There’s no doubt that the highlight of the following day was spotting lions at Sueda Waterhole. I actually thought the male was a small elephant at first – it was huge! There was a lioness with him. They had probably either just made a kill (breakfast) or were ‘courting’. Almost as soon as we sighted them, they lay 6a. Spot the lions, there is a male and lioness here down for the day using the shade of the long tufts of grass. Later that afternoon we returned, on the way back to Namutoni Resort in the hope that they might still be there. And they were, but on closer inspection through the binoculars, we counted a whole pride of lions. The male had a harem of seven girls. The first two had not moved, except to follow the shade of the bush they were lying under. They were totally relaxed – some lying on their backs, some with paws draped over another. Just as we were about to head off, Dan spotted two more lionesses, one asleep in a much closer location; another arriving from another direction, moving with caution.

7a. Elephants on Fischer's Pan
The highlight of the final morning, as we drove around Fischer’s Pan, was seeing a family of elephants. The huge male made sure we knew who was boss as he walked between us and his group to protect them. Here’s a list of the animals we saw – and identified – in Etosha: Lions, blackbacked jackal, cape fox, spotted hyena, suricate, elephants, warthog, black rhinoceros, giraffe, Burchell’s zebra, steenboks, springboks, gemsboks, blue wildebeests, kudu, hartebeests, impala, ground squirrel, honey badger, ostriches, martial eagle, kori bustards, southern yellow hornbills, lilac-breasted rollers, Swainson’s spurfowl, starlings, owls and a few more. The main animals we missed that were there were cheetahs and leopards – but there has to be some big animals left to see another time!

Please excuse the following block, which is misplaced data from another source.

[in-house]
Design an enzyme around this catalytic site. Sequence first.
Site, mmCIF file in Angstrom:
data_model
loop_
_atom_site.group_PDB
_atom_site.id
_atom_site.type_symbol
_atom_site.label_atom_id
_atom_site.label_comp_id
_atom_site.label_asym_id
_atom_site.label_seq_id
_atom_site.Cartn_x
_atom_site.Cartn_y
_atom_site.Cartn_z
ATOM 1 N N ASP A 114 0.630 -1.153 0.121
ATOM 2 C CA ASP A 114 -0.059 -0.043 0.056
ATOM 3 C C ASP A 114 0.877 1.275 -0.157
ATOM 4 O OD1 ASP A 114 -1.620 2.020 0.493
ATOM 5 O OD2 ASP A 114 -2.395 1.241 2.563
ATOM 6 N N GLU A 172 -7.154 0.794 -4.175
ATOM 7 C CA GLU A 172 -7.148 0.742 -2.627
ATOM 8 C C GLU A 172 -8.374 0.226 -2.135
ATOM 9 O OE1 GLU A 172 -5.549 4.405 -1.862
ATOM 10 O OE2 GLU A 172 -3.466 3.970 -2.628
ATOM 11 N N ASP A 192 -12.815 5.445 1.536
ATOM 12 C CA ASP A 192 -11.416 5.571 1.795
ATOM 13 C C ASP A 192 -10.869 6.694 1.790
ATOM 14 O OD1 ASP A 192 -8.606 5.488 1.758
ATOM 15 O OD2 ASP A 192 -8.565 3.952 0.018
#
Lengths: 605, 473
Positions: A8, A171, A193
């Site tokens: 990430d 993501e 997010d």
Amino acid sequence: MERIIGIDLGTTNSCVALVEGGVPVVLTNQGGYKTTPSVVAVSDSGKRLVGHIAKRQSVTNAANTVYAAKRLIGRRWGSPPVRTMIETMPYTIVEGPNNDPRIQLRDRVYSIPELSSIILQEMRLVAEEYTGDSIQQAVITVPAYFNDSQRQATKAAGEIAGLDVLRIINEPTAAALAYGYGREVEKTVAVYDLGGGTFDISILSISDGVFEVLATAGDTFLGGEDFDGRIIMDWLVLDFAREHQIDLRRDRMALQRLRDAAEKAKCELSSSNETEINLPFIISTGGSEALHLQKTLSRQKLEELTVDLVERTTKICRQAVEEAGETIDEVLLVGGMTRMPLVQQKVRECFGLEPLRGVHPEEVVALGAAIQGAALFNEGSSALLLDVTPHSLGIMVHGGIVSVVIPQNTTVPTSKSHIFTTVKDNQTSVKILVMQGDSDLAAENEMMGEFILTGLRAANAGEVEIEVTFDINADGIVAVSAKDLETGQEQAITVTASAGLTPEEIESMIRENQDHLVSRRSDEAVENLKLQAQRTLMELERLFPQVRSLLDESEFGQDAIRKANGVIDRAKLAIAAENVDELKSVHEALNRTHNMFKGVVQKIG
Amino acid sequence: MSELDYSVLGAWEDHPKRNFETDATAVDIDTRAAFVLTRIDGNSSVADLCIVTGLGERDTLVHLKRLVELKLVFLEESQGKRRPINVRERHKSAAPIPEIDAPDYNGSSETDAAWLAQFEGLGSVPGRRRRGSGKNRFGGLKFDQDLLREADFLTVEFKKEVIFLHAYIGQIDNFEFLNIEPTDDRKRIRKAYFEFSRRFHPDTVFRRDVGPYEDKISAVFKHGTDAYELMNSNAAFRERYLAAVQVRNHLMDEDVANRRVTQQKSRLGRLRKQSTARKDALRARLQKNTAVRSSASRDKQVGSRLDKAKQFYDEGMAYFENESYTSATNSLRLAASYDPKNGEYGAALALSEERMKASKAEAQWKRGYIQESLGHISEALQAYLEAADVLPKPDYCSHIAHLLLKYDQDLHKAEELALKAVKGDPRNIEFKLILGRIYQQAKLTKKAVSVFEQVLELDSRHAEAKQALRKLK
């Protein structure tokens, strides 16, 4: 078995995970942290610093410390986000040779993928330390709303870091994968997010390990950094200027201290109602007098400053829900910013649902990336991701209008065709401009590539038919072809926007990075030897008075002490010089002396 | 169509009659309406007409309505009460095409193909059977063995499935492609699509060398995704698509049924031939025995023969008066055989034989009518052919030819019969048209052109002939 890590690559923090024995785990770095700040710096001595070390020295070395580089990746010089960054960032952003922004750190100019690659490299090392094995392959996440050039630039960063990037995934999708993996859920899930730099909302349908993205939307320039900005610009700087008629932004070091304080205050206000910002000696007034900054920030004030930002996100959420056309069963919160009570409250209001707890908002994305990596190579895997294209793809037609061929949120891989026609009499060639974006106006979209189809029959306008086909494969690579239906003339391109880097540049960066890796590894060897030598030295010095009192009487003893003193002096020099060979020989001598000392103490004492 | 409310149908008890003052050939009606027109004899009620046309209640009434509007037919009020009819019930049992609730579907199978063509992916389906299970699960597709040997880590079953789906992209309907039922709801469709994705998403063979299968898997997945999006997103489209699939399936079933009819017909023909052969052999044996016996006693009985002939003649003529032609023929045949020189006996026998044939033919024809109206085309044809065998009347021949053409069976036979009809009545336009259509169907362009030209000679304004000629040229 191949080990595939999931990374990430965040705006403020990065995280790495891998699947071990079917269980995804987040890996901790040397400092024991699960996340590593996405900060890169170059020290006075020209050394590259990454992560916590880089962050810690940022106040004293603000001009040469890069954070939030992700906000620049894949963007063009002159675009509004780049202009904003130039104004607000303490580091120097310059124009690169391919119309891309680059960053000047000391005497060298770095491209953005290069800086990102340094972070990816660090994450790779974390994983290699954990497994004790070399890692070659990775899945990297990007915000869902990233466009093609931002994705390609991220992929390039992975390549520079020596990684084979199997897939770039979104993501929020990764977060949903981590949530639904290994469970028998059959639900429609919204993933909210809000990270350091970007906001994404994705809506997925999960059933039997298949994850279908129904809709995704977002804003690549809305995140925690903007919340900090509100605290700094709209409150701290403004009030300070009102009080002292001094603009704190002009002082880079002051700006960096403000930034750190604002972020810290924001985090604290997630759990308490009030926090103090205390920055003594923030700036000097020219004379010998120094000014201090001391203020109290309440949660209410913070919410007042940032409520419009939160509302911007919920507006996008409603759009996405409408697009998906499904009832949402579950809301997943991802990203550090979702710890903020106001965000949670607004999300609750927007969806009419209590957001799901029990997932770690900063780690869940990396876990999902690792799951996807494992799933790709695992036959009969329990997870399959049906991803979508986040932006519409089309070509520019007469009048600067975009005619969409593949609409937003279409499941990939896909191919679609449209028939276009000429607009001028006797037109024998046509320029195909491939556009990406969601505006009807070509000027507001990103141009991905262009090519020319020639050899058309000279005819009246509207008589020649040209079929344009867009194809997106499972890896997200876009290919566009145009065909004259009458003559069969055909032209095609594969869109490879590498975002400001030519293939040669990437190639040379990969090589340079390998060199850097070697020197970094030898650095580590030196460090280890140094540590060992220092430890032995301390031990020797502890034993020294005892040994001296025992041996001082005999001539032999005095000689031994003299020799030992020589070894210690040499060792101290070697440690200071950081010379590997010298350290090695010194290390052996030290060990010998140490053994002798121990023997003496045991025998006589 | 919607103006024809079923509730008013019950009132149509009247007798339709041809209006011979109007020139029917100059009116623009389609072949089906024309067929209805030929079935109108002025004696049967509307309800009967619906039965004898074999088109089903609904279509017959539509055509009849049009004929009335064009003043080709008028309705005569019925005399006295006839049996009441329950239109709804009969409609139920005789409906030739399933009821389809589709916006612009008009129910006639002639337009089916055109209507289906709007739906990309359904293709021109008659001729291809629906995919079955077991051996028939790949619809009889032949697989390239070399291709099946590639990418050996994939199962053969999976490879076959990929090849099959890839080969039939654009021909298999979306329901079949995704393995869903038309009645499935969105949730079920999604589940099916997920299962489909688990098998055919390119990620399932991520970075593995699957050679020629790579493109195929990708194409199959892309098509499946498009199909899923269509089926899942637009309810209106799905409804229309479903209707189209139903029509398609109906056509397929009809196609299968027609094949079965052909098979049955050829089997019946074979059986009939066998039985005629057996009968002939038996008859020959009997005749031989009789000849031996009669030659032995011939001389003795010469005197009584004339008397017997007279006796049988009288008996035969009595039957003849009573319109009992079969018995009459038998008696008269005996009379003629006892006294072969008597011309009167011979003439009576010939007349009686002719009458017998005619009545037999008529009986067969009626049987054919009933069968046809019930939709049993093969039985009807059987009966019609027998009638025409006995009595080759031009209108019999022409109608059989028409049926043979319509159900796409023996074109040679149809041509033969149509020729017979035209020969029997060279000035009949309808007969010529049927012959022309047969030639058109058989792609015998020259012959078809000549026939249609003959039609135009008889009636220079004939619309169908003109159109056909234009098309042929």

I was determined to cover some decent distance, even catch up a day on the way to Nunda River Lodge, near Divundu, West Caprivi. From Tsumeb I headed south east to Grootfontein, 60km away. Grootfontein has pride of place on this expedition as being the most southerly town we visit. From here, I start heading north east – finally in the right direction towards Somalia! There was something very satisfying about that and with the wind in my favour for the rest of the day I made good ground, covering 192km. The landscape was very open veldt – large privately owned cattle-grazing farms. I spotted a few Southern Cross windmills which made me feel at home. We camped at a roadside truck stop at the border between the Grootfontein and Kavango Regions. The next day, although the physical landscape looked similar, the cultural landscape was quite different. The Kavango Region is much more heavily populated with the original inhabitants. I passed through village after village with all sorts of handicrafts for sale by the side of the road and an overwhelming number of welcoming “hellos”. There is certainly no apartheid here and I learned that Namibian blacks don’t have the same resentment for the white minority as there is in much of South Africa, but there appears to be certain parts of the country which are more heavily populated by one or the other. This, of course is just an observation in northern Namibia, and I don’t know enough to understand how the regions are organised. After Rundu, I cycled due east parallel with the Kavango River, rising to my little personal challenge and reaching Divundu in three days after 532km.

8b. Outside my room, Nunda Lodge, Kavango River  flooded Nunda River Lodge was flooded when we arrived. The Kavango River was the highest it has been, I think they said, for a century. We are now in the tail end of the Rainy Season and heavy falls up in the Angolan mountain catchment area have caused havoc downstream. The Kavango River passes through the west end of the Caprivi Strip and into Botswana, emptying into the sands of the Kalahari Desert forming the renowned wetlands known as the Okavango Delta. To complete the geography lesson for the day, the Caprivi Strip is a long narrow tongue of northern Namibia, dividing Angola and Zambia in the north from Botswana in the south and Zimbabwe to the east. The German colonials wanted access to the Zambezi River so that they could connect with their empire in Tanzania and marked the strip as theirs in the big divide up of Africa.